Please use this identifier to cite or link to this item: https://doi.org/10.1088/0960-1317/15/5/009
DC FieldValue
dc.titleAn electro-thermal bimorph-based microactuator for precise track-positioning of optical disk drives
dc.contributor.authorYang, J.P.
dc.contributor.authorDeng, X.C.
dc.contributor.authorChong, T.C.
dc.date.accessioned2014-06-17T02:38:05Z
dc.date.available2014-06-17T02:38:05Z
dc.date.issued2005-05
dc.identifier.citationYang, J.P., Deng, X.C., Chong, T.C. (2005-05). An electro-thermal bimorph-based microactuator for precise track-positioning of optical disk drives. Journal of Micromechanics and Microengineering 15 (5) : 958-965. ScholarBank@NUS Repository. https://doi.org/10.1088/0960-1317/15/5/009
dc.identifier.issn09601317
dc.identifier.urihttp://scholarbank.nus.edu.sg/handle/10635/55008
dc.description.abstractElectro-thermal actuations are very attractive since they can generate large deflections and forces with low actuating voltages and their fabrication process is compatible with the general integrated circuit (IC) fabrication process. In this paper, we present a novel electro-thermal bimorph-based microactuator as a precise-tracking positioner for high-density optical disk drives (ODD). In the proposed microactuator, four thermal bimorph cantilevers suspend a mirror plate by linkage hinges at the free ends of the cantilever, whose opposing ends are rigidly attached to the substrate. Each bimorph cantilever comprises two material layers with different thermal expansions. Due to the bimorph effect, the mirror can be displaced upwards in the out-of-plane parallel to the substrate by passing electric current through the cantilevers. Thermal-mechanical analysis, transient responses and mechanical vibrations are investigated by analytical modeling and finite element simulation. The overall device, with an area of 700 μm × 700 μm, is fabricated successfully by MEMS technology compatible with the standard IC process. The experimental and simulation results show that the mirror can be vertically moved up 1 μm, which is equivalent to 1.4 μm displacement in the track direction of the spinning optical disk, by a lower driving voltage at 3 V with 3 mW power consumption. Its mechanical frequency of 7 kHz is high enough to support high bandwidth servo control in high-density ODD. © 2005 IOP Publishing Ltd.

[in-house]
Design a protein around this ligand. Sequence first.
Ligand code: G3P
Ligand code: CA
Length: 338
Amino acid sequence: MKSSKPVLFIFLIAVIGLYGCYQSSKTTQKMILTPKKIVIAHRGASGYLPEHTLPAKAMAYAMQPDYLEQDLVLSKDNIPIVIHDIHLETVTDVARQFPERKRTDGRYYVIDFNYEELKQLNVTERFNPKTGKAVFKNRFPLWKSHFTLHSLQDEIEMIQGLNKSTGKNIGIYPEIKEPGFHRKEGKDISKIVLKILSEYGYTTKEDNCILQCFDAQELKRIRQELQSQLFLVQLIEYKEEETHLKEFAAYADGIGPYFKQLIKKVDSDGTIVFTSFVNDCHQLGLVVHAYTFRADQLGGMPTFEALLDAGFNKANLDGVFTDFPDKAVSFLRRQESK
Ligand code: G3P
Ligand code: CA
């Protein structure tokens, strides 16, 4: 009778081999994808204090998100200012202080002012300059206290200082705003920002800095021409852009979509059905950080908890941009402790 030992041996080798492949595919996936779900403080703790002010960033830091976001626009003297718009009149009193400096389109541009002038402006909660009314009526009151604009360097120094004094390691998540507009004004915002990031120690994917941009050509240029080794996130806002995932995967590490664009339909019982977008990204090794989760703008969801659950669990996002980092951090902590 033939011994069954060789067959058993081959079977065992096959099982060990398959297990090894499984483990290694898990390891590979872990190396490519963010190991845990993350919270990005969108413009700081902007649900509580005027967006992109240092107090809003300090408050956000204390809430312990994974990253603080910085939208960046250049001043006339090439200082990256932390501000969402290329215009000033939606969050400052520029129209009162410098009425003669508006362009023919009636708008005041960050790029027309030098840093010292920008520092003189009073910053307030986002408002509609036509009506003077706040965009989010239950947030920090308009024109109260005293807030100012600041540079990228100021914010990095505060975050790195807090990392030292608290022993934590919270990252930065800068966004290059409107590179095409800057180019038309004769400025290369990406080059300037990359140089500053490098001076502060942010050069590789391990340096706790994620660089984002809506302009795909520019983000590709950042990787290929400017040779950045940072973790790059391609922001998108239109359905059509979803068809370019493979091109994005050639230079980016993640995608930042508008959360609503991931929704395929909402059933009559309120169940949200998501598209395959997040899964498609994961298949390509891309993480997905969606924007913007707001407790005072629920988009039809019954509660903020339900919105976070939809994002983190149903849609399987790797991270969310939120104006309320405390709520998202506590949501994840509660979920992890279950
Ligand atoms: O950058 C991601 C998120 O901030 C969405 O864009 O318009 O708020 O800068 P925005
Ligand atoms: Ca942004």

dc.sourceScopus
dc.typeArticle
dc.contributor.departmentELECTRICAL & COMPUTER ENGINEERING
dc.description.doi10.1088/0960-1317/15/5/009
dc.description.sourcetitleJournal of Micromechanics and Microengineering
dc.description.volume15
dc.description.issue5
dc.description.page958-965
dc.description.codenJMMIE
dc.identifier.isiut000229565100009
Appears in Collections:Staff Publications

Show simple item record
Files in This Item:
There are no files associated with this item.

SCOPUSTM   
Citations

44
checked on Sep 24, 2021

WEB OF SCIENCETM
Citations

39
checked on Sep 15, 2021

Page view(s)

125
checked on Sep 24, 2021

Google ScholarTM

Check

Altmetric


Items in DSpace are protected by copyright, with all rights reserved, unless otherwise indicated.